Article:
Addiction treatment centers using electronic health records less and may hinder care
Despite their existence for decades, electronic health records—digitized patient information and medical histories available instantly and securely to authorized users—are not commonly used by many addiction and substance use disorder treatment facilities in the United States. Now, a recent study by Johns Hopkins Medicine researchers suggests why this is happening. It also describes how not using this technology may hinder coordination between treatment programs and health care providers, leaving patients to flounder through the system on their own.
In their findings, published online on Jan. 9, 2021, in the journal Drug and Alcohol Dependence, the researchers conclude that electronic health records are less commonly used by substance use disorder programs compared with other mental health treatment facilities, and that this difference is significant. Overall, only 9.6% of substance use disorder treatment programs and 15% of mental health centers report exclusively using electronic health records. Even more troubling, they say, is that fewer than 25% of both these facility types are using electronic health records for core clinical activities, such as progress notes, laboratory monitoring and medication prescriptions.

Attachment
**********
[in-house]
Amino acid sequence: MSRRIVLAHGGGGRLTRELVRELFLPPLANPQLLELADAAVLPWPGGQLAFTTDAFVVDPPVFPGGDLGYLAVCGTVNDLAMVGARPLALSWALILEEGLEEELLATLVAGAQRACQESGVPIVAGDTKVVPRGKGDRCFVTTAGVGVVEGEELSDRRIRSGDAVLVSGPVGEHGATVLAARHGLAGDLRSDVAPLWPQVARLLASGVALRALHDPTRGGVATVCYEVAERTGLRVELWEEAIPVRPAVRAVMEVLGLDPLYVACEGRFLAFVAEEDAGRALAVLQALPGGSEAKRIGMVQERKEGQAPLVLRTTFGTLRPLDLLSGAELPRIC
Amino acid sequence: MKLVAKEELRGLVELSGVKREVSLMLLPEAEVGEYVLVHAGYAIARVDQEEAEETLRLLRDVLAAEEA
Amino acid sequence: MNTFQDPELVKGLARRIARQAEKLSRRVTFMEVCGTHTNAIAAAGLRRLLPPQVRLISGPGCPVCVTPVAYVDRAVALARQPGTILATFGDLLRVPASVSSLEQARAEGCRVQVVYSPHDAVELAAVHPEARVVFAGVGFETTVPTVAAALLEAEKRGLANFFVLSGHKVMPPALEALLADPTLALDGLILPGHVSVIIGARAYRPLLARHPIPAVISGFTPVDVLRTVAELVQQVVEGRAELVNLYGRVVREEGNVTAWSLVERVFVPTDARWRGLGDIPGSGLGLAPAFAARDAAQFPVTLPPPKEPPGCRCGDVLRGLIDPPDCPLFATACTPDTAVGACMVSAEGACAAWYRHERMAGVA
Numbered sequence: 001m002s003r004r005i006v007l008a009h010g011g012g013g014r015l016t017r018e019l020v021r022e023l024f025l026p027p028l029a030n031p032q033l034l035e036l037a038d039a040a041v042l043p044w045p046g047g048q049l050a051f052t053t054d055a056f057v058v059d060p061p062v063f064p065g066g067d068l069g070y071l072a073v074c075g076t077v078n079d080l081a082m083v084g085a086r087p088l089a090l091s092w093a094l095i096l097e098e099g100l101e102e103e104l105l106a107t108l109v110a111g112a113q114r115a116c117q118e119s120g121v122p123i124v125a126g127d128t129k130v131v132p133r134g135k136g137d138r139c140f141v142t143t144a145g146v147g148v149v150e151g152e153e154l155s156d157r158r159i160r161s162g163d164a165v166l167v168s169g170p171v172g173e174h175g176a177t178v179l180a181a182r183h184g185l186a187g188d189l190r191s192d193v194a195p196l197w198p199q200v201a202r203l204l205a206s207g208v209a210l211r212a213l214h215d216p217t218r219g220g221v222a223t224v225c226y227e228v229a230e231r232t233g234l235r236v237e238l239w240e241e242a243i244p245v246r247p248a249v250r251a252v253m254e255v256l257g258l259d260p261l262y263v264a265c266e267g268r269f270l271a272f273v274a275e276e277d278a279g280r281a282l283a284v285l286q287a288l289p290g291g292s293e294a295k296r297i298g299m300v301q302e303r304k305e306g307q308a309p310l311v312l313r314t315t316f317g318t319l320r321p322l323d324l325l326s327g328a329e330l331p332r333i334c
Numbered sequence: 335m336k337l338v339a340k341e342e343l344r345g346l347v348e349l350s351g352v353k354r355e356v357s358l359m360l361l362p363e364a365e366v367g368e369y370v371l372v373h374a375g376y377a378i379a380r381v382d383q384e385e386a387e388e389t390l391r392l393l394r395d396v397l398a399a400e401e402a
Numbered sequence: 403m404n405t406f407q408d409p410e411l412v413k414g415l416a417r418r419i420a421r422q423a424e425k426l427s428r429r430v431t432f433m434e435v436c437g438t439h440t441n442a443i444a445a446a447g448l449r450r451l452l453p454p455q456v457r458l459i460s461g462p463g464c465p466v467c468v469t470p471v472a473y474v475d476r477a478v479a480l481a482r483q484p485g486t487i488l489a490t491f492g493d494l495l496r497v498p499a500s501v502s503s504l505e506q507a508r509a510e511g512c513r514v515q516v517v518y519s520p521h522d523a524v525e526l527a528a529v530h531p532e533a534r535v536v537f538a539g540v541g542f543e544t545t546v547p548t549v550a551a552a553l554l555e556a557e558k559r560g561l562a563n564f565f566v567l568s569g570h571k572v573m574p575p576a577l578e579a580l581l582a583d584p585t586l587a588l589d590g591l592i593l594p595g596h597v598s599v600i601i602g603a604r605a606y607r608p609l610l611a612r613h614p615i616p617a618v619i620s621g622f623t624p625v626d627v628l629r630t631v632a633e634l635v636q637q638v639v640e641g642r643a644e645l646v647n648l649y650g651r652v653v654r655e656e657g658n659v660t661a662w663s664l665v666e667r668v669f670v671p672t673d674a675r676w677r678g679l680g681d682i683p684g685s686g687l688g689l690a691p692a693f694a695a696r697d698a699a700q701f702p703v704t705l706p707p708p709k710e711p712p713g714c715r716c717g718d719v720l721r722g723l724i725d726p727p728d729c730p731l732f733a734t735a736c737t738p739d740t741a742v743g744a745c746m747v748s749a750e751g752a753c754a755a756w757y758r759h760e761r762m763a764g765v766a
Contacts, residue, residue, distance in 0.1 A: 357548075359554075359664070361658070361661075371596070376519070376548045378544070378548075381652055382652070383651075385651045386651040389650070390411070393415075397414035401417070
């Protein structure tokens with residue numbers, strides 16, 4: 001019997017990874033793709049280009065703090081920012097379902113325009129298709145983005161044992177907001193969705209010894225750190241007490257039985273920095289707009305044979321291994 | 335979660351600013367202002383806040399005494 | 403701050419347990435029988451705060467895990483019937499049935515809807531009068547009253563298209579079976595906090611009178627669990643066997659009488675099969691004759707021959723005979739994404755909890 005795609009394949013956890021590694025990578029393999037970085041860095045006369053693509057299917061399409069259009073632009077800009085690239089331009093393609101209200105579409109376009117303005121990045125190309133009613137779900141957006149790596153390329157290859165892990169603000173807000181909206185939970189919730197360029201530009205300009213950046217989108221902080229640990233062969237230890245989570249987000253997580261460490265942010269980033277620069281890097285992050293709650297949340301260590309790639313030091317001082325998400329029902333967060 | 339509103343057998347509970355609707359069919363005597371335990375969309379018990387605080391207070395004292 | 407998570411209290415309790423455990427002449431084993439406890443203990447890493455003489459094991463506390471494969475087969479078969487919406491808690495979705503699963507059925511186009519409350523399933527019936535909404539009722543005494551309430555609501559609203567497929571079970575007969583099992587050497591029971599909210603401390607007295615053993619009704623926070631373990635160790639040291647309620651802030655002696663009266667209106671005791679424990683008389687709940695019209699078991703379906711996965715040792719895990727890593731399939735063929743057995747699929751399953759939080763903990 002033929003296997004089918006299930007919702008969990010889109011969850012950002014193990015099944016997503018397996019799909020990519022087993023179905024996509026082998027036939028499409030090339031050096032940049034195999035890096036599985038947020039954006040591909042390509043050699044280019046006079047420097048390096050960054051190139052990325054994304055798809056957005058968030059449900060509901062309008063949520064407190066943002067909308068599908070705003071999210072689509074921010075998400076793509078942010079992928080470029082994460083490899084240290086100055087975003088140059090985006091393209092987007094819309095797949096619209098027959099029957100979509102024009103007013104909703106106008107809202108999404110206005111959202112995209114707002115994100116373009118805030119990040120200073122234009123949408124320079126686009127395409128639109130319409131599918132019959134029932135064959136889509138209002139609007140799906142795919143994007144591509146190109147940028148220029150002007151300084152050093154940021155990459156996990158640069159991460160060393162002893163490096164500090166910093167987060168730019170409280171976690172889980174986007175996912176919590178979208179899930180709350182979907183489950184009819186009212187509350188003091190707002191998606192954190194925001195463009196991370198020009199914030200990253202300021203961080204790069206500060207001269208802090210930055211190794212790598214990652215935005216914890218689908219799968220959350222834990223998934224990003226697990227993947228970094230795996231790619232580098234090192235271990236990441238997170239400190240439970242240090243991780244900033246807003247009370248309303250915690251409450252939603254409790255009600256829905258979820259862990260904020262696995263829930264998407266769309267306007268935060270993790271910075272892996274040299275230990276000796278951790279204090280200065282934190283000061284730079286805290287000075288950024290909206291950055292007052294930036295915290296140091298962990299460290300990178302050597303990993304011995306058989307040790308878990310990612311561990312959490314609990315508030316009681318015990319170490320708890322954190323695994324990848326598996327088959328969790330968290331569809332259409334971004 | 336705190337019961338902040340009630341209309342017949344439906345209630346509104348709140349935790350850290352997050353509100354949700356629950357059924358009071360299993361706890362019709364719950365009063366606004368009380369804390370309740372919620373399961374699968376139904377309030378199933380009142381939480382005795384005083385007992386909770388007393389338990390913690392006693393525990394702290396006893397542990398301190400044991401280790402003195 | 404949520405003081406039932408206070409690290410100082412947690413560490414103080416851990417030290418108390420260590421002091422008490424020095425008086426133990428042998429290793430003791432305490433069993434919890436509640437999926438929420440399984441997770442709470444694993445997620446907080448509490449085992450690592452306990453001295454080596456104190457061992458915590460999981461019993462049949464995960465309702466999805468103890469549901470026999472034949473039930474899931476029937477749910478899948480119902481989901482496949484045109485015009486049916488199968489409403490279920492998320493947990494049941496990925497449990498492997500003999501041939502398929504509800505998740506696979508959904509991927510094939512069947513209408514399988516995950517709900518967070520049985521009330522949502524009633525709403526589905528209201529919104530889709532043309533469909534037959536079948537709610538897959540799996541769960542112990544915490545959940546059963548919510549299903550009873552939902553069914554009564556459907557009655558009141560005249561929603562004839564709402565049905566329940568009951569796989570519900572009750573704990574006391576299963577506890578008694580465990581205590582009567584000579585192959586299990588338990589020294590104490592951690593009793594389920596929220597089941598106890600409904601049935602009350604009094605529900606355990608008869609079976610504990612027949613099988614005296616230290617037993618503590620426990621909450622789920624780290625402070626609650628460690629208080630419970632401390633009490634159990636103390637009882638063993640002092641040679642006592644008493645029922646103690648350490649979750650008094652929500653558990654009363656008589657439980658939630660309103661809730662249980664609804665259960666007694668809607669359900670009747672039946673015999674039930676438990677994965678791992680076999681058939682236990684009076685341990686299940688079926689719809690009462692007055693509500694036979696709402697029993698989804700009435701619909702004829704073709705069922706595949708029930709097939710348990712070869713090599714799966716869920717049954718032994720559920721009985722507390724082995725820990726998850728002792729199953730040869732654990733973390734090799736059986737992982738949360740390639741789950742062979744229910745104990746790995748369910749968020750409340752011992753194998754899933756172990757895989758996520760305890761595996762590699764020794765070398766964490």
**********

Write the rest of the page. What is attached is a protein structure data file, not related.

Since their general acceptance by the medical community, electronic health records have provided a number of benefits, including increased storage capability and faster access to a patient's health information. They also enable the secure exchange of a patient's records between facilities and providers.
"This is key, because without electronic health records, patients may experience disjointedness in their care, and for the most part, these records have to be the link between the treatment facilities and care providers," says Stanislav Spivak, M.D., assistant professor of psychiatry and behavioral sciences at the Johns Hopkins University School of Medicine.
Compared with other settings, the researchers say that implementing electronic health records can be more difficult in addiction treatment facilities because these centers often face unique regulatory and funding challenges. The researchers also found that mental health facilities had more diverse sources of funding from insurance than addiction treatment centers.
"Traditionally, substance use disorder programs are smaller and may lack the resources and funding that other mental health treatment facilities might have," says Spivak.
According to Spivak, the initial hurdle to substance use disorder programs adopting electronic health records may be cost and technology.
"For example," Spivak explains, "if you need computers powerful enough to encrypt the data or special printers to access the information, the cost of electronic health records may be prohibitive to a low-funded substance use disorder facility."